Harsh conditions this winter may create the third consecutive year of "dzud" in Mongolia - a severe winter following a summer drought - threatening livestock and the livelihood of herders. Temperatures fell to almost -50 degrees Celsius (-58 degrees Fahrenheit) in late January and were expected to continue through February. The IFRC (International Federation of Red Cross and Red Crescent Societies) released US$277,000 to assist 2,500 herders with cash grants and supplies.

Heavy precipitation - both snow and rain - has created havoc in parts of China recently. In Hubei Province snow forced closure or restricted travel on parts of over 20 highways, and canceled 100 trains in Wuhan. Over 900 repair workers were dispatched to restore power to 1,000 stations in the region. The snow collapsed 500 greenhouses and destroyed 13,333 hectares of crop. In Zhejiang Province, at least 100 flights were canceled, as well as in Jiangsu Province. Shoppers at a mall in Nanjing, Jiangsu helped rescue three people after the roof collapsed from the weight of the snow. More than 4,000 people had to be relocated from snow-damaged homes in Anhui Province.

A Sea of Japan snow storm dropped up to 1.94 meters (6.36 feet) of snow in western Japan in early February, causing several deaths and stranding 1500 cars on a main road in the northwestern city of Fukui. The federal government will use special grant tax revenue to assist local governments in expenses related to snow removal and gas distribution.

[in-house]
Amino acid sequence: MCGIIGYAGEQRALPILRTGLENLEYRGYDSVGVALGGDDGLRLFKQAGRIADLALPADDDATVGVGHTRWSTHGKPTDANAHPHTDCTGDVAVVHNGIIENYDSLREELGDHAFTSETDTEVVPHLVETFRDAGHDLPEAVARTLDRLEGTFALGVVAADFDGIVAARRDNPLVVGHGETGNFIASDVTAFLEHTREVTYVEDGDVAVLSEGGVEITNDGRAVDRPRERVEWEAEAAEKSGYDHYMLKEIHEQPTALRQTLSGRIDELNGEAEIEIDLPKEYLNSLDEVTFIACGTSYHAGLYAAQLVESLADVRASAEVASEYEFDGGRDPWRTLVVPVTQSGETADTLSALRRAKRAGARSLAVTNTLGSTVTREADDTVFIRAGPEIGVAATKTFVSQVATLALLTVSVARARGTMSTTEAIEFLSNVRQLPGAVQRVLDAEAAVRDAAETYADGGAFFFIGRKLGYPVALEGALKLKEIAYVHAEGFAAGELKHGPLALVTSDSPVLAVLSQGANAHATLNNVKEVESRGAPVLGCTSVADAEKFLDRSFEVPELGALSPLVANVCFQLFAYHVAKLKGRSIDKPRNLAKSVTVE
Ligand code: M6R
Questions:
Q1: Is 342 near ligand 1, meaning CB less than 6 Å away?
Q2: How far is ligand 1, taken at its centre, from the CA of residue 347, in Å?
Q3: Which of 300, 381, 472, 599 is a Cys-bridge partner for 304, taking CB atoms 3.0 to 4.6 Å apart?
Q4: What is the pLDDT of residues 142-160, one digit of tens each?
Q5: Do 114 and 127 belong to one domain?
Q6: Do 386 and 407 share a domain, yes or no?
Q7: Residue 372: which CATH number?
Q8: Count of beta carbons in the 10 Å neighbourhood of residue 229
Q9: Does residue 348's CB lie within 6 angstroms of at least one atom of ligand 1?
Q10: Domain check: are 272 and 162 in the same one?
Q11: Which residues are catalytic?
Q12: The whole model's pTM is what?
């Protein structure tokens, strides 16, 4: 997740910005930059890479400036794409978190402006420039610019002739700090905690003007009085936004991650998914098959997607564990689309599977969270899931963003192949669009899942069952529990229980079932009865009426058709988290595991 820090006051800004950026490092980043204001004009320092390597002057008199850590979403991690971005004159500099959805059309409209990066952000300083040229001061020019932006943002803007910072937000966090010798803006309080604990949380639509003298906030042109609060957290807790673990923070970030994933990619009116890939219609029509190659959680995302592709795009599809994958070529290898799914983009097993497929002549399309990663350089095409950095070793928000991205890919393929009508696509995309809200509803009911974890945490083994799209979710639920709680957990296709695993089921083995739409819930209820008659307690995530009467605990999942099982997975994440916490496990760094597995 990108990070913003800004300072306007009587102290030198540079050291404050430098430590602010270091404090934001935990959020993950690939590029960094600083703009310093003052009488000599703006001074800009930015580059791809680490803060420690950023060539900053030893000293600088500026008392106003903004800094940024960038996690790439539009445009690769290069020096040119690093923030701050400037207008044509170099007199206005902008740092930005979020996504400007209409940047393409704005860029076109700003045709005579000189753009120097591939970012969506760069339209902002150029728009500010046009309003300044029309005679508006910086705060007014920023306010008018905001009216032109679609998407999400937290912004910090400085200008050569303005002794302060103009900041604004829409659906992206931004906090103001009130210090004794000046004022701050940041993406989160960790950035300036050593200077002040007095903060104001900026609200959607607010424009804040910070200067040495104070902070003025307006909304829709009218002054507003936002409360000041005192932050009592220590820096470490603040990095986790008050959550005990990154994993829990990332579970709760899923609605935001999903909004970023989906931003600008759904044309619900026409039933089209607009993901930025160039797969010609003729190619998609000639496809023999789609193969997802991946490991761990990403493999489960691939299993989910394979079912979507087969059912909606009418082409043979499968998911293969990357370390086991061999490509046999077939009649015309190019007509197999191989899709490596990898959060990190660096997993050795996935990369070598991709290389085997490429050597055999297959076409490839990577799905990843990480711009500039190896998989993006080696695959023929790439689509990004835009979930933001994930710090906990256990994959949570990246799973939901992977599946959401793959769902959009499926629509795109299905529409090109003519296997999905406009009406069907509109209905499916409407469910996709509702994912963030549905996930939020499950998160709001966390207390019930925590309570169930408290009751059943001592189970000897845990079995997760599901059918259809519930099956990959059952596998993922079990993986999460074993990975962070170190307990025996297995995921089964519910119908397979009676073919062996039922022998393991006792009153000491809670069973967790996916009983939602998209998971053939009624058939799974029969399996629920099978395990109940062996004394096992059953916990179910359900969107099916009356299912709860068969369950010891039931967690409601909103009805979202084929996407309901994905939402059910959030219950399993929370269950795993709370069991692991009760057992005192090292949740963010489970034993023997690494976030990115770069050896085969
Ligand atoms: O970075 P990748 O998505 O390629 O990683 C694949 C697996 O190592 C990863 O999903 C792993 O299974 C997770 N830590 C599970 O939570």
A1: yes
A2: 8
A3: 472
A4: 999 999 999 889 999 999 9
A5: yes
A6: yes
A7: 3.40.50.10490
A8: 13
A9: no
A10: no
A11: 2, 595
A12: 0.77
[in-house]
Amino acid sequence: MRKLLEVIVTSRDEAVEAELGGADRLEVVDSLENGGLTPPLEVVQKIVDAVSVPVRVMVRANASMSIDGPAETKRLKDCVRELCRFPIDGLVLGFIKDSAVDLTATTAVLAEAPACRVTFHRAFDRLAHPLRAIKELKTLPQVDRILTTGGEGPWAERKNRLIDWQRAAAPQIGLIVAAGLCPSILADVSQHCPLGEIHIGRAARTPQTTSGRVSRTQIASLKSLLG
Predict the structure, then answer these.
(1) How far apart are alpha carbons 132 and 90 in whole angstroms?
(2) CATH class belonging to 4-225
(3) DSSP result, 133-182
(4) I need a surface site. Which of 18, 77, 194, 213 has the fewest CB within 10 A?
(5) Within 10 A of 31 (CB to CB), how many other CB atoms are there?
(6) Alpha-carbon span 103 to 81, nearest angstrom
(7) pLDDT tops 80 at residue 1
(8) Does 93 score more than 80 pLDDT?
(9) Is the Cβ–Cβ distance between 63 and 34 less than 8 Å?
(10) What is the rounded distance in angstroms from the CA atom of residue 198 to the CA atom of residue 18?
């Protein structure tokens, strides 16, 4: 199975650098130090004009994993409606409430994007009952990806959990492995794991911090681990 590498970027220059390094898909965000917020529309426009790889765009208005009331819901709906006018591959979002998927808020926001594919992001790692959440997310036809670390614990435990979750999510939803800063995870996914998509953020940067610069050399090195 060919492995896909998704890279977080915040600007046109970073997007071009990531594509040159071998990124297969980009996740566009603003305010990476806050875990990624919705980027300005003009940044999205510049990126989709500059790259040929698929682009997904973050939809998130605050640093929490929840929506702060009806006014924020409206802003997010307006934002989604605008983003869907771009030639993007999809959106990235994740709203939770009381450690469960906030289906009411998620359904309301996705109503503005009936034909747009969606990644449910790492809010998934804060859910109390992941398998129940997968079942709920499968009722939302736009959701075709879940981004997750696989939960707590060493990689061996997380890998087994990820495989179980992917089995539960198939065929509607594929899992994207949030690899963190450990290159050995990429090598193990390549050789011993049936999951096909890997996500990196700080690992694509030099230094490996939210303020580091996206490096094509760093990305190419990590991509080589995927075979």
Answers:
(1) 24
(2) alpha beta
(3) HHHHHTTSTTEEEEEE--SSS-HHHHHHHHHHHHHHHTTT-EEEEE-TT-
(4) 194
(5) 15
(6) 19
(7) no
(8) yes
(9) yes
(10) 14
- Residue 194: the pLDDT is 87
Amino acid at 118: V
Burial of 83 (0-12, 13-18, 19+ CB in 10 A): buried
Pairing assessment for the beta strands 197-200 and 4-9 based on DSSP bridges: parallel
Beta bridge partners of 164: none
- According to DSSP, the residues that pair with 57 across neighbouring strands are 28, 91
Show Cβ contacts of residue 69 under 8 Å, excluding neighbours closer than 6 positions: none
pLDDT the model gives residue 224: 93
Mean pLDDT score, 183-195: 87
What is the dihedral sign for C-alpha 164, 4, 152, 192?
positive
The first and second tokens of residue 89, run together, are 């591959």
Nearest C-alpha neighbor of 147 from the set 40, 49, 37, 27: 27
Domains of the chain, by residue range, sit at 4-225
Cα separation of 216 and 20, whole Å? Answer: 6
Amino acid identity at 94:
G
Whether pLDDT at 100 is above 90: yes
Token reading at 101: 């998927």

Inspired by flood damage from the 2011 tsunami, a Japanese startup has built a prototype for a floatable, watertight electric car. Though it won't withstand powerful flood currents, the vehicle can propel and steer effectively via propulsion while floating with wheels completely submerged.

Prolonged drought in South Korea has created additional fuel stock for forest fires, resulting in an increase in burned area nearly 27 times that of last year at this time.

NOTE ON ADMINISTRATIVE BOUNDARIES
There are numerous regions around the world where country borders are contested. ISciences depicts country boundaries on these maps solely to provide some geographic context. The boundaries are nominal, not legal, descriptions of each entity. The use of these boundaries does not imply any judgement on the legal status of any territory, or any endorsement or acceptance of disputed boundaries on the part of ISciences or our data providers. 

Comment

Many analyses reported in ISciences-authored blog posts are based on data generated by the ISciences Water Security Indicator Model (WSIM). Other sources, if used, are referenced in footnotes accompanying individual posts. WSIM is a validated capability that produces monthly reports on current and forecast global freshwater surpluses and deficits with lead times of 1-9 months at 0.5°x0.5° resolution. This capability has been in continuous operation since April 2011 and has proven to provide reliable forecasts of emerging water security concerns in that time-frame. WSIM has the ability to assess the impacts of water anomalies on people, agriculture, and electricity generation. Detailed data, customized visualizations, and reports are available for purchase.